11 Key Details About the Charmed Reboot That Every Fan of the Original Should Know
A new version of the the beloved supernatural soap Charmed is heading to The CW on Oct. 14, giving fans another trio of magical sisters who must learn how to harness their powers while us mortals watching from home learn important life lessons about kinship (and demons, obviously). But just how new is this version of the story going to be? Both worried fans of the original WB series and potential newcomers who think they may be confused if they jump in blind want to know. Luckily, the show's cast and creators were at Television Critics Association's Summer press tour on Aug. 6 to spill all the details. So, let's harness our own powers for a few minutes and find out.
Let's start with some details that we know are carry overs from the first version. Creator Jennie Snyder Urman told journalists at TCA that the show will still have a Book of Shadows, which is the sisters' encyclopedia to witchcraft — a handy tool to have since they're all new at this, just as they were in the original. There are also still Whitelighters, or guardians who take human form (more on that later), a spirit board, an attic in which to practice, and dangerous demons with jet-black eyes. But most importantly, Snyder Urman said, is that the show will still believe in the Power of Three and the "feeling that, at its core, this is a love story between three sisters."
The Sisters Didn't Grow Up Together
In contrast to the original series — which starts with Phoebe Halliwell (Alyssa Milano) returning to her family home to live with her sisters Prue (Shannen Doherty) and Piper (Holly Marie Combs) — we learn in the reboot's first episode that only younger sisters Mel (Melonie Diaz) and Maggie (Sarah Jeffery) grew up together. Big sister Macy (Madeleine Mantock) shows up later. Also telling: Snyder said that, "The girls do have different fathers, and that's going to come to play in the storytelling."
A Variety of Different Cultures Will Be Explored
Snyder Urman said the characters' "racial identities" will also factor into storylines, which makes sense given that interracial marriage and kids are becoming more common. Melonie Diaz, who plays middle sister Mel, is Puerto Rican, and the writers like the idea of exploring brujeria — or the Spanish practice of witchcraft. There's even a Latino witch on the show's writing staff.
Macy is the eldest sister and has the power of telekinesis. Just like big sister Prue from the original, she's extremely responsible. This newfound gift is especially confusing to her because she's a scientist and facts matter. Plus, she wasn't raised with her other sisters and never knew their mother (her last name is Vaughn; the others have the last name Vera). That's a lot of new information to absorb.
Talk about messing with your place in history. Mel thought she was the older and responsible one, and now she comes to find that she's been displaced and is the middle child? Still, this women's studies major is stubborn and hard on everyone — especially herself, whom she holds responsible for her mother's death. Like Piper from the original, she can freeze time. She's also a lesbian and doesn't want to admit how strong her feelings are for local detective Nico (Ellen Tamaki).
Much to the chagrin of activist Mel, Maggie is a bubbly sorority pledge who thinks the word "sisterhood" means something very different than holding hands and vanquishing evil in the name of saving the world. She also has the power of telepathy — a contrast to original younger sister Phoebe's power of premonition.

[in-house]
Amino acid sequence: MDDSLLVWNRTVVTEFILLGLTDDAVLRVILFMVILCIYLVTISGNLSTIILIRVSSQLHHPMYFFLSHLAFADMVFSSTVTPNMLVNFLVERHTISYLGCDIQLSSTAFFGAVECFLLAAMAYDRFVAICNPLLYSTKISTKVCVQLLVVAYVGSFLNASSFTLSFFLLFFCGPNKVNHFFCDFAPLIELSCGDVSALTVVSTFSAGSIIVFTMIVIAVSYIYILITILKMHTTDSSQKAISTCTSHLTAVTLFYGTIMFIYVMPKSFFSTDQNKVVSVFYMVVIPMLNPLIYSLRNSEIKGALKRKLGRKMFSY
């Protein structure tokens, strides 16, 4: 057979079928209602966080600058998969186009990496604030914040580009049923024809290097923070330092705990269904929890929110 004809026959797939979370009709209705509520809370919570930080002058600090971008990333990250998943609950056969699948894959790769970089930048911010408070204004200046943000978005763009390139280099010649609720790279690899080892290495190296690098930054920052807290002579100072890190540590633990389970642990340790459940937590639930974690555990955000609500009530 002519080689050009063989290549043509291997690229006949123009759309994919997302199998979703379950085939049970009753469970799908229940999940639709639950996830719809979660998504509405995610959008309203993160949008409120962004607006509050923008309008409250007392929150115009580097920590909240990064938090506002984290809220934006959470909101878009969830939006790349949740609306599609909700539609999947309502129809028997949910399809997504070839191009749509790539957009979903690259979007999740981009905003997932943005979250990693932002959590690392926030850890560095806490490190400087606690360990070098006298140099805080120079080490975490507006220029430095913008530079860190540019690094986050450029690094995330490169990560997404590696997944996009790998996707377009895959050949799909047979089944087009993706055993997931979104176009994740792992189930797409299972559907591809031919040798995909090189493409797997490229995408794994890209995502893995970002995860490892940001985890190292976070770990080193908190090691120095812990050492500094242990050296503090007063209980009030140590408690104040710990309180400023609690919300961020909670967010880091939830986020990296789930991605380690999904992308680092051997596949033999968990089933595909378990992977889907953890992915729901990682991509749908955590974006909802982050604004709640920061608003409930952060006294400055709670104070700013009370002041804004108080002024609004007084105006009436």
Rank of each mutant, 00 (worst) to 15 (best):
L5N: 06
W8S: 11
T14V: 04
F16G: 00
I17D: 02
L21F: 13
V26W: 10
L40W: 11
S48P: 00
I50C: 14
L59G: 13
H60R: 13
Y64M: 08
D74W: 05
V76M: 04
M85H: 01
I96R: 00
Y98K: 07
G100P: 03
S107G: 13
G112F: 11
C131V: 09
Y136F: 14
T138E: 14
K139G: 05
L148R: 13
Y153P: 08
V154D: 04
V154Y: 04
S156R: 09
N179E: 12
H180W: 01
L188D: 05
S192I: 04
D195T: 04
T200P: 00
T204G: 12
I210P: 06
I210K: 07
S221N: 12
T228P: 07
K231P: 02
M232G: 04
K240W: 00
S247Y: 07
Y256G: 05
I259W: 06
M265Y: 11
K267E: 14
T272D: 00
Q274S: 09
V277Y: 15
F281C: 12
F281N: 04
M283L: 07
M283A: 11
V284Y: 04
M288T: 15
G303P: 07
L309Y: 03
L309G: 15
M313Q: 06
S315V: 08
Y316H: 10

Our new story begins with the death of the sisters' mother, Marisol (Valerie Cruz) as she was attempting to unbind her daughters' powers and turn them back from normal women to powerful witches. She knew something dark was coming (in the series, Donald Trump's election was a sign), and barely got it done in time. This is a slight change for the original series, where it's their grandmother (Jennifer Rhodes) who does the sisters' unbinding spell because their mother had already been killed.
No More Rhyming Couplets
The first sisters famously vanquished demons with spells that included rhyming couplets (think of them as creative plays on the classic "double, double, toil, and trouble"). The reboot's producers told the TCA audience that they have done away with this because they felt it was so indicative of the older show. Also, Snyder Urman said it's hard to keep this pattern going if they want to "get into different languages and different cultures."
Why This Whitelighter?
Rupert Evans plays Whitelighter Harry Greenwood in this version. An academic type prone to wearing cardigans and occasionally mentioning Roxane Gay, he's more similar to Giles on Buffy the Vampire Slayer than the original's strapping Leo Wyatt (and is therefore probably less likely to be a love interest for these sisters).
"I think he has a bit more about him, I hope," Evans said at TCA in regards to the Buffy comparisons. "And I think the writers and the team and everyone's been very been very encouraging about what we're going to do with the Whitelighter and with Harry in the forthcoming season."
The Sisters' Love Interests
This isn't to say that the sisters don't date at all. In addition to Nico, the detective courting Mel, there's also Brian, Maggie's holdover hookup from high school played by Charlie Gillespie. And for her part, Macy gets flirty with fellow scientist Galvin (Ser'Darius Blain). But is there room for some demon-witch romance again?
"I mean, how can you not," O'Toole said at TCA. "So many delicious possibilities."
A New Kind of Orbing
The original Charmed's sisters could teleport thanks to magical balls of light called orbs. Executive producer Jessica O'Toole told the TCA audience that the sisters can still teleport, but "it doesn't involve an actual orb."